CMC volunteers have donated 5,563 hours to Carolina Mountain Land Conservancy. Volunteers endure extreme temperatures and challenging weather conditions while carrying heavy tools in rugged and steep terrain. Their work is mentally daunting, sometimes dangerous, and always physically taxing. Carolina Mountain Club is a dedicated group of volunteers building trails to enable others to enjoy NC’s southern mountains.
Corporate Conservation Partner of the Year: Wells Fargo
Nominated by Triangle Land Conservancy, North Carolina Coastal Land Trust, and Sandhills Area Land Trust
Wells Fargo recognizes the importance of environmental sustainability and is committed to operating in an efficient way and promoting opportunities that contribute to “greener” communities. Whether it is partnering with nonprofits to preserve land, helping with trail building and maintenance, or cleaning brush and invasive species, Wells Fargo is dedicated to conserving and protecting the state’s land and natural resources.
Wells Fargo has contributed to a range of environmental projects, including donating over $100,000 to support three land trusts; Triangle Land Conservancy, North Carolina Coastal Land Trust, and Sandhills Area Land Trust. The Wells Fargo grants will help connect more people with nature by increasing the visibility of, and access to, nature preserves. Additionally, their contributions will support the important stewardship work required of land trusts, including preserve planning and ecological management.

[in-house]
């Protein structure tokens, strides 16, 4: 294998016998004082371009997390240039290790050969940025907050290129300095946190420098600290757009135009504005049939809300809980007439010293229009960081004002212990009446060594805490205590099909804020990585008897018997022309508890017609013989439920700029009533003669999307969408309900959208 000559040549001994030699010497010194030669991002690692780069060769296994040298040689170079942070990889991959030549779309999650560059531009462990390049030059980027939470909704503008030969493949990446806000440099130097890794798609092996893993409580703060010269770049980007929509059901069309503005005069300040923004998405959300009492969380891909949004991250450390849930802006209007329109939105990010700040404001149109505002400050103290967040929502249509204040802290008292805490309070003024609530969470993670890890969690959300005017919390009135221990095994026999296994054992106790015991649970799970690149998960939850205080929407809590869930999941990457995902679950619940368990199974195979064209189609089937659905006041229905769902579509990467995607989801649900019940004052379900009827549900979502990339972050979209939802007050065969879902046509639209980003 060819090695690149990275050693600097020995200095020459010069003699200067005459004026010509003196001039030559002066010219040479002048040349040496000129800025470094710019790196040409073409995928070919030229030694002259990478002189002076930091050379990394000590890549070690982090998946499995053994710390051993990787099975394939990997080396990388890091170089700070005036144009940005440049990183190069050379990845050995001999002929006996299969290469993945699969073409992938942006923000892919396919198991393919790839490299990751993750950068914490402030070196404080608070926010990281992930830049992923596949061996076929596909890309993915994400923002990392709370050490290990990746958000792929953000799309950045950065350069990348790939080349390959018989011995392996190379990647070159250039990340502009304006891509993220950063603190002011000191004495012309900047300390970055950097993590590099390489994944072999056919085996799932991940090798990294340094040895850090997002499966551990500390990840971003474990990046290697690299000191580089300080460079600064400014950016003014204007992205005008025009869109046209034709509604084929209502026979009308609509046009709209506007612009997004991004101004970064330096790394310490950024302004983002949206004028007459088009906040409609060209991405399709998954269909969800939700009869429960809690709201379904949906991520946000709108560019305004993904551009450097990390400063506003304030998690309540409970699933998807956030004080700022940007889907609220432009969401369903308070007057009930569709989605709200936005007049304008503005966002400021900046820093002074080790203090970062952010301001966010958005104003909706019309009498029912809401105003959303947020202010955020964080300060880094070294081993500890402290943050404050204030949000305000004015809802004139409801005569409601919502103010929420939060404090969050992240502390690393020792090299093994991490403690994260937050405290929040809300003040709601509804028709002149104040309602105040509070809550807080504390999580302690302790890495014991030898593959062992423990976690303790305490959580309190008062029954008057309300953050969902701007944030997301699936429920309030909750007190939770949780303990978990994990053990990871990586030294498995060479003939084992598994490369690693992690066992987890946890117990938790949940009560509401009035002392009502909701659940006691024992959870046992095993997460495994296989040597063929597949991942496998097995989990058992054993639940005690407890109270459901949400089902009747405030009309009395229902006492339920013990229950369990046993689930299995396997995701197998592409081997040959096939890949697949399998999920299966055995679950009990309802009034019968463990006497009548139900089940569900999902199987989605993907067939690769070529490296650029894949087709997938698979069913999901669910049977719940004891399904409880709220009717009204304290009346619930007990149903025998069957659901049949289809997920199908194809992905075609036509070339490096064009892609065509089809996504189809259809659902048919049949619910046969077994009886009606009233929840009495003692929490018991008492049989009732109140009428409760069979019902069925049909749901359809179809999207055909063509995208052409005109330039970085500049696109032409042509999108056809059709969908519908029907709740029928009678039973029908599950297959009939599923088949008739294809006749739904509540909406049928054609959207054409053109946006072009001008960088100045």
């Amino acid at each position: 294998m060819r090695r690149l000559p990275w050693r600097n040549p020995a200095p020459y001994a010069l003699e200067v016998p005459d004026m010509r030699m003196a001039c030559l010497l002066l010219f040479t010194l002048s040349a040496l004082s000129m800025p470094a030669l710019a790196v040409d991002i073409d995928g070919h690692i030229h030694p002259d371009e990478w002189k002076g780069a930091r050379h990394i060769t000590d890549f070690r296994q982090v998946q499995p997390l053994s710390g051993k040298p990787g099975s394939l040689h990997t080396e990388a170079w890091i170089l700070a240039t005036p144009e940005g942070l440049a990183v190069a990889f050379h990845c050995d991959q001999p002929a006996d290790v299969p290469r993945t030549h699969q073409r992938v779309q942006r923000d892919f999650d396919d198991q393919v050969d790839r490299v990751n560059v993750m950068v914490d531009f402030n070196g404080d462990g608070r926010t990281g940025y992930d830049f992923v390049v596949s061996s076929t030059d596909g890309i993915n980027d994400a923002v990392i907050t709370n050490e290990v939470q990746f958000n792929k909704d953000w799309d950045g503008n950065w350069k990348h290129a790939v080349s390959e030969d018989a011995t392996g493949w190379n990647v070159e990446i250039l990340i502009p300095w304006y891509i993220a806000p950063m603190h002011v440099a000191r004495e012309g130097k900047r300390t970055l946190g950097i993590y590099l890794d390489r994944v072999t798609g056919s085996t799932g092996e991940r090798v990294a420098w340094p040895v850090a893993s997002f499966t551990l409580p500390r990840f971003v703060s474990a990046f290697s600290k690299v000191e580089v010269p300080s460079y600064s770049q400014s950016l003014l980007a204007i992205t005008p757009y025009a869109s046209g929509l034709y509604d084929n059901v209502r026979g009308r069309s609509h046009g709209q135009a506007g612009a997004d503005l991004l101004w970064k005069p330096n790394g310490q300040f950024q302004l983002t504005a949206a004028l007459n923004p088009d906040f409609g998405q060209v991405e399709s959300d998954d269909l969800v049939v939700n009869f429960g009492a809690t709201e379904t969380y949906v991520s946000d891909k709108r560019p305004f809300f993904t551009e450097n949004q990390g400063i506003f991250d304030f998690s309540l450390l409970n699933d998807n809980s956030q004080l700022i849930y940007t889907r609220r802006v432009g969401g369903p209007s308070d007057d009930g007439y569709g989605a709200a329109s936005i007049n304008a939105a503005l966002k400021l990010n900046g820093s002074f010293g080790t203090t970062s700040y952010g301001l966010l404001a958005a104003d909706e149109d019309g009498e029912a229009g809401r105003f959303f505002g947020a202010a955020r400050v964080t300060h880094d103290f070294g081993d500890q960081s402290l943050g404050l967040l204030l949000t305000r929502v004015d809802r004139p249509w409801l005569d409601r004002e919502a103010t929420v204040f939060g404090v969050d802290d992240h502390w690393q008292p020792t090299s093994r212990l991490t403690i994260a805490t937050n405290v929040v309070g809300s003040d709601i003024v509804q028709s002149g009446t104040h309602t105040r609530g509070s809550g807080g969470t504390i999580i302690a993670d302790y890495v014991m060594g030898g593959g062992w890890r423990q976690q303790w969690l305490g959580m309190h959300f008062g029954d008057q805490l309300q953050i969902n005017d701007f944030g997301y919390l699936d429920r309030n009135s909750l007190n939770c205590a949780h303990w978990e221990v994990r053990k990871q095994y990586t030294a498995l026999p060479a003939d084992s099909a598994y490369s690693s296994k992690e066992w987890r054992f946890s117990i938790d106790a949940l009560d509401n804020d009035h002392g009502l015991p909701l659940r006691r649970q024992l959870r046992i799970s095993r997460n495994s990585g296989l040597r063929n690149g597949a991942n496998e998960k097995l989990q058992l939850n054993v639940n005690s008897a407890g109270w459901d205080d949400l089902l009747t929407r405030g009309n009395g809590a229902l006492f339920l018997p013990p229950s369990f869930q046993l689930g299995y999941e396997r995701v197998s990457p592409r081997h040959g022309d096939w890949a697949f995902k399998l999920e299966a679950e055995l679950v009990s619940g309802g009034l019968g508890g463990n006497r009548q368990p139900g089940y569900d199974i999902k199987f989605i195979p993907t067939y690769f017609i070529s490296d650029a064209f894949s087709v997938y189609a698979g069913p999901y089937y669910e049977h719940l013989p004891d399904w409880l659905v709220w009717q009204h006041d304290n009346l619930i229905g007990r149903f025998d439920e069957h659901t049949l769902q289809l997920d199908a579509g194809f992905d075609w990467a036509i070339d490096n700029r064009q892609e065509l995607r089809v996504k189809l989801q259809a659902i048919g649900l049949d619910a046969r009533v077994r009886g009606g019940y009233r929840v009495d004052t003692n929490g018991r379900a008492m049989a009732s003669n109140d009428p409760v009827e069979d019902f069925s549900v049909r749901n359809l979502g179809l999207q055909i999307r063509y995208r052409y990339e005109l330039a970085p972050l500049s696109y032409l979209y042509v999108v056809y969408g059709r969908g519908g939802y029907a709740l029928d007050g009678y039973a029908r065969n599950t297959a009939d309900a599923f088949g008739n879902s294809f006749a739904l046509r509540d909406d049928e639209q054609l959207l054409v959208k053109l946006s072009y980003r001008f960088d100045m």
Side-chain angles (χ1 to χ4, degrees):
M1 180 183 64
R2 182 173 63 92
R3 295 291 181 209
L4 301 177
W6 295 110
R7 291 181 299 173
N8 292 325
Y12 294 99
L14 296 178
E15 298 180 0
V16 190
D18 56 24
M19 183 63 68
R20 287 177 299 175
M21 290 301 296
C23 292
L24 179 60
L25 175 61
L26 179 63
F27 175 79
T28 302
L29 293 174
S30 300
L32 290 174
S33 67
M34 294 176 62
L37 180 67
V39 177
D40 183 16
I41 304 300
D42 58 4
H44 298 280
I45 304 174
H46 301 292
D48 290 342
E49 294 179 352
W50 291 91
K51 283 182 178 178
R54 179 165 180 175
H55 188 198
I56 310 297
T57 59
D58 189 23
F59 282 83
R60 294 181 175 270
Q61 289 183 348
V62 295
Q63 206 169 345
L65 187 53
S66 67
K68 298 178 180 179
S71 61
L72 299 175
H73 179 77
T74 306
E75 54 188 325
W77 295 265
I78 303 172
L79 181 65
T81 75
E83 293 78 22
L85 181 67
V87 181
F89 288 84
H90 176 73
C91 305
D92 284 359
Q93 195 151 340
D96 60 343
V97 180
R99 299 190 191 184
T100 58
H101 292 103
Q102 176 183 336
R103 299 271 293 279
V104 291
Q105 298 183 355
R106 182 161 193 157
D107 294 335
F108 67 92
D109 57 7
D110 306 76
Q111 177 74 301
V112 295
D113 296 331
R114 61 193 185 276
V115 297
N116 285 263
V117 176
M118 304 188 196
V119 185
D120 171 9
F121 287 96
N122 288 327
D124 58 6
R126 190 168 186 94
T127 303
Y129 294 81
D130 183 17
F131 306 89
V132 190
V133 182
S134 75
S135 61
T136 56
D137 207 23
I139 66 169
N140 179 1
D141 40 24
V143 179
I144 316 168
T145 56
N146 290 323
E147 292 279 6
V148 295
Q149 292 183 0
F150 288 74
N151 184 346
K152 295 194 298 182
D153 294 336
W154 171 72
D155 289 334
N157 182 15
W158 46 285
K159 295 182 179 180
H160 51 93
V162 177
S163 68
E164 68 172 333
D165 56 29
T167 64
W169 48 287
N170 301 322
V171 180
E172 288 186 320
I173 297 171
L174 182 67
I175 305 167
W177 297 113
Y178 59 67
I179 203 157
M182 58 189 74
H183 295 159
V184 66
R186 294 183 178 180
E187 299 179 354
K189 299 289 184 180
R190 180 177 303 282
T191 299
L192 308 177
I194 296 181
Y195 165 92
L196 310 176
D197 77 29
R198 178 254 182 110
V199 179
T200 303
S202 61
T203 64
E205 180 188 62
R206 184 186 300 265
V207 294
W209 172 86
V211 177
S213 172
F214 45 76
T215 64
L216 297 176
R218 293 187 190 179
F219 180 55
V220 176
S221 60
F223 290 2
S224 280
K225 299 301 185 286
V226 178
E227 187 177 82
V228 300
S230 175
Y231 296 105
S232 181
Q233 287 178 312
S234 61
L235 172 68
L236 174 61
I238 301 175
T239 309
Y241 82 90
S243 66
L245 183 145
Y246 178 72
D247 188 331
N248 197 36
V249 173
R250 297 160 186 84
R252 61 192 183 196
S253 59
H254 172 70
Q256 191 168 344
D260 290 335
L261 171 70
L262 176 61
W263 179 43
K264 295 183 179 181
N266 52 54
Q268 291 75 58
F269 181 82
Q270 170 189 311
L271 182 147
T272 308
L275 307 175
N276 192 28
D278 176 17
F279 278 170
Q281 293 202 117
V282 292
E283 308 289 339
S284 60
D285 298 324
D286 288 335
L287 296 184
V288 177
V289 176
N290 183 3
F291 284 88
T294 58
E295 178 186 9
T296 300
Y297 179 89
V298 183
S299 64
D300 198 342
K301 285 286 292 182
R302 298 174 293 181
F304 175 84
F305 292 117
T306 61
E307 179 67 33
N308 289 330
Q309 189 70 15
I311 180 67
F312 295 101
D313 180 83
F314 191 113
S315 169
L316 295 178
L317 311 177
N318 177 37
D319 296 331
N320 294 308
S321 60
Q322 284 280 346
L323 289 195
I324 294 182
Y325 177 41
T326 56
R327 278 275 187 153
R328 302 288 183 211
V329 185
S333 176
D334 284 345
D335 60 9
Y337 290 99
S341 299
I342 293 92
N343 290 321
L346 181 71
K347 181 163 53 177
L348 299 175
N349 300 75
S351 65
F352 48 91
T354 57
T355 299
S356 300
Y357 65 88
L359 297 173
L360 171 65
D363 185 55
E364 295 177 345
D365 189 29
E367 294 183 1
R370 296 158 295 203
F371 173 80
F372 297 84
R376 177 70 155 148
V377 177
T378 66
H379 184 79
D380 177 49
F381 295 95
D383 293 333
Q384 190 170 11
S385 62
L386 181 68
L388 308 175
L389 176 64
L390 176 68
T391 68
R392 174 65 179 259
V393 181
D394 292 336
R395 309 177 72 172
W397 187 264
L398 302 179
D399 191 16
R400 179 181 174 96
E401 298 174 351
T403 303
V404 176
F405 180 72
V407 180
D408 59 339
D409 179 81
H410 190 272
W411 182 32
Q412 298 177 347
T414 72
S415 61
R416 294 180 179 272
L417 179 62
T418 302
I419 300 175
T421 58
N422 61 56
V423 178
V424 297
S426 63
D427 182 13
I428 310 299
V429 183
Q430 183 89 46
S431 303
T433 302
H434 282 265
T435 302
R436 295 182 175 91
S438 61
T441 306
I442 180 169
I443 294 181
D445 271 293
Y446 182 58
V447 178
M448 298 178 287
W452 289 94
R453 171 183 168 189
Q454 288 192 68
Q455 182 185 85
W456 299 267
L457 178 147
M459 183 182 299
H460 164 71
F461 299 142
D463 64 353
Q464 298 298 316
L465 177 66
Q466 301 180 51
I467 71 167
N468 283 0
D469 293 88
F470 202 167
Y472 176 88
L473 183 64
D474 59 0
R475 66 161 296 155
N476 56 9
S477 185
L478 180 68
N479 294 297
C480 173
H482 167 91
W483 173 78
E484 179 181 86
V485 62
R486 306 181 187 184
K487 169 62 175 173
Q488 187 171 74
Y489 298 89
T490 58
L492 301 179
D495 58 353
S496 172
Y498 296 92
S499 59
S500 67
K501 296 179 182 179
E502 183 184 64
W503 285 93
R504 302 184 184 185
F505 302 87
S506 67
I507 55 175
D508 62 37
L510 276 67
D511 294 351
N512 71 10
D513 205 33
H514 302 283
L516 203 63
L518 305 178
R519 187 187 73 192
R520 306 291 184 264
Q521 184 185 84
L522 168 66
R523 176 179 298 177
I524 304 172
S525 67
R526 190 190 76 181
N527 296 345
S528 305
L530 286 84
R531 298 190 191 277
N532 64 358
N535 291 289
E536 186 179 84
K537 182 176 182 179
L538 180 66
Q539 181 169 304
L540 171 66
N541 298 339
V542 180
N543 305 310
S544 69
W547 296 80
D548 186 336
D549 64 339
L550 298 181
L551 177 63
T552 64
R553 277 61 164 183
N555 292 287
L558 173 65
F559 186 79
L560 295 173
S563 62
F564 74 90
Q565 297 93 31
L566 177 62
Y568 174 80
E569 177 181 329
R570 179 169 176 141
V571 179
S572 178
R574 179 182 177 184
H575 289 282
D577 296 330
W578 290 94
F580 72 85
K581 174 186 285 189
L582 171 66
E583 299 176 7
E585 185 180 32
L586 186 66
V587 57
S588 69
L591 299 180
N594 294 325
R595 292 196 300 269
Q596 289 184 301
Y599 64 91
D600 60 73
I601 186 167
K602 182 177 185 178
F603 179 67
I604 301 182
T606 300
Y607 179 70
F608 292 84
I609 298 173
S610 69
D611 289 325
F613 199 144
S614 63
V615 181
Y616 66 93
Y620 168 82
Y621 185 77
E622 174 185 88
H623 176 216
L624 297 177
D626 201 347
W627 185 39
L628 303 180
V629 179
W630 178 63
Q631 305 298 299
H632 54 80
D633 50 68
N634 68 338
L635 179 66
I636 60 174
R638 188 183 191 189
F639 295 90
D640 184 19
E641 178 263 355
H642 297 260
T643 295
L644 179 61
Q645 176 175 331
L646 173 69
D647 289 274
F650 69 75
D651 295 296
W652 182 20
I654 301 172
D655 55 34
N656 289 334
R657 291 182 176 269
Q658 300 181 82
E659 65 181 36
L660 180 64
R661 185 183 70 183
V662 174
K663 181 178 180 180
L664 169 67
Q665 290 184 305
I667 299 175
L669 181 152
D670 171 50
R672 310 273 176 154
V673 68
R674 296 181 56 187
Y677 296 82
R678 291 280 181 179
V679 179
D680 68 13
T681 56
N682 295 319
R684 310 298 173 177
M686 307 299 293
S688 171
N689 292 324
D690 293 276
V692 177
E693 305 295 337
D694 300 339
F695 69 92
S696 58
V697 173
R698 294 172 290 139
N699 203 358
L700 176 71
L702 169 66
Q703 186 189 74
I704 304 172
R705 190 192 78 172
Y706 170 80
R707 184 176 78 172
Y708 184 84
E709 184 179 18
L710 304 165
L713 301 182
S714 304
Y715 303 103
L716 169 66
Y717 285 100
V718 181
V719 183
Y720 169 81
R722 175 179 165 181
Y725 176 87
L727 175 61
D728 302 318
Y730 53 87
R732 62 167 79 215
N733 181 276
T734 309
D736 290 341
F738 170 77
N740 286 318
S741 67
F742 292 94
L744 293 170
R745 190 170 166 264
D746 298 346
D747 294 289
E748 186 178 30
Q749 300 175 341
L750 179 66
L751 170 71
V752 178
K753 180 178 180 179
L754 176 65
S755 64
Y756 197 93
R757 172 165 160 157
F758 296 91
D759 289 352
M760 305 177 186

“Wells Fargo appreciates the fact that our planet provides us with tremendous resources, and we make every effort to minimize our impact and contribute to the long-term success and sustainability of our communities,” said Jack Clayton, Wells Fargo’s regional president for the Piedmont East region. “We are proud to support these land trusts in their work to protect North Carolina’s natural areas for future generations, and we are honored to receive this award.”
Federal Government Conservation Partner of the Year: Sheila Gasperson
Nominated by Conservation Trust for North Carolina, Blue Ridge Conservancy, Foothills Conservancy of North Carolina, and Southern Appalachian Highlands Conservancy
Sheila Gasperson, Realty Specialist for the Blue Ridge Parkway unit of the National Park Service, has the monumental task of overseeing all real estate transactions and issues along the 469-mile Blue Ridge Parkway in NC and Virginia. Sheila’s passion for the Parkway and its conservation significance is unmatched. As the primary contact for land trusts working along the Blue Ridge Parkway, Sheila is a strong advocate for protecting lands along the Parkway and the role of land trusts in doing so.